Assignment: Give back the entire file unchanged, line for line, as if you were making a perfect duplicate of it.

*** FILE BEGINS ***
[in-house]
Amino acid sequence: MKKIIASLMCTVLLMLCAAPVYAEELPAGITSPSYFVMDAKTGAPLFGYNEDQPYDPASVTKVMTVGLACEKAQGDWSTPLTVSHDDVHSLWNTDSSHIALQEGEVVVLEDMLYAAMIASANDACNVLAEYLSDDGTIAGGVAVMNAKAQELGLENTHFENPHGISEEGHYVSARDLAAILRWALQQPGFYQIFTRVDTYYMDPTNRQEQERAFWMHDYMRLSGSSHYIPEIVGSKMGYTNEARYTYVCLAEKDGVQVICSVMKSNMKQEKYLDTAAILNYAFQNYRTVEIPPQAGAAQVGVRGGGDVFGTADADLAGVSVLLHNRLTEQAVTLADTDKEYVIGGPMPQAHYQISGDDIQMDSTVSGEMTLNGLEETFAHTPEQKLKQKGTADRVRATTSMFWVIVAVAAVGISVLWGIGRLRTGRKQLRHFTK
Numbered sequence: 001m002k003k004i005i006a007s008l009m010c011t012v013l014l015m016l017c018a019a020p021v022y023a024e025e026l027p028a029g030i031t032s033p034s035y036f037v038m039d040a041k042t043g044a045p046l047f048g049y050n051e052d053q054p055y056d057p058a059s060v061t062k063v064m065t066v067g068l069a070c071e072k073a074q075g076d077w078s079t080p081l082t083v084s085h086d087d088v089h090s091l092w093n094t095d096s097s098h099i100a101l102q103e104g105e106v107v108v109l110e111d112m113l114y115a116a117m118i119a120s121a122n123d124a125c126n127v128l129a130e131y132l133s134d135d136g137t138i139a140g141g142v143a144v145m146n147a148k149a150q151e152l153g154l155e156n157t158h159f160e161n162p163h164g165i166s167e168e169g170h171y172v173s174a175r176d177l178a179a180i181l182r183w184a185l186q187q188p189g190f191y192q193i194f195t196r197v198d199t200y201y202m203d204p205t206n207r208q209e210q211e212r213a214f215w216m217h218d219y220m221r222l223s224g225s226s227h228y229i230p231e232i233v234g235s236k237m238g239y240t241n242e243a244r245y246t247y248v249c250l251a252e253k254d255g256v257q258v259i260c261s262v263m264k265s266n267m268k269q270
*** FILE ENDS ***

[in-house]
Amino acid sequence: MKKIIASLMCTVLLMLCAAPVYAEELPAGITSPSYFVMDAKTGAPLFGYNEDQPYDPASVTKVMTVGLACEKAQGDWSTPLTVSHDDVHSLWNTDSSHIALQEGEVVVLEDMLYAAMIASANDACNVLAEYLSDDGTIAGGVAVMNAKAQELGLENTHFENPHGISEEGHYVSARDLAAILRWALQQPGFYQIFTRVDTYYMDPTNRQEQERAFWMHDYMRLSGSSHYIPEIVGSKMGYTNEARYTYVCLAEKDGVQVICSVMKSNMKQEKYLDTAAILNYAFQNYRTVEIPPQAGAAQVGVRGGGDVFGTADADLAGVSVLLHNRLTEQAVTLADTDKEYVIGGPMPQAHYQISGDDIQMDSTVSGEMTLNGLEETFAHTPEQKLKQKGTADRVRATTSMFWVIVAVAAVGISVLWGIGRLRTGRKQLRHFTK
Numbered sequence: 001m002k003k004i005i006a007s008l009m010c011t012v013l014l015m016l017c018a019a020p021v022y023a024e025e026l027p028a029g030i031t032s033p034s035y036f037v038m039d040a041k042t043g044a045p046l047f048g049y050n051e052d053q054p055y056d057p058a059s060v061t062k063v064m065t066v067g068l069a070c071e072k073a074q075g076d077w078s079t080p081l082t083v084s085h086d087d088v089h090s091l092w093n094t095d096s097s098h099i100a101l102q103e104g105e106v107v108v109l110e111d112m113l114y115a116a117m118i119a120s121a122n123d124a125c126n127v128l129a130e131y132l133s134d135d136g137t138i139a140g141g142v143a144v145m146n147a148k149a150q151e152l153g154l155e156n157t158h159f160e161n162p163h164g165i166s167e168e169g170h171y172v173s174a175r176d177l178a179a180i181l182r183w184a185l186q187q188p189g190f191y192q193i194f195t196r197v198d199t200y201y202m203d204p205t206n207r208q209e210q211e212r213a214f215w216m217h218d219y220m221r222l223s224g225s226s227h228y229i230p231e232i233v234g235s236k237m238g239y240t241n242e243a244r245y246t247y248v249c250l251a252e253k254d255g256v257q258v259i260c261s262v263m264k265s266n267m268k269q270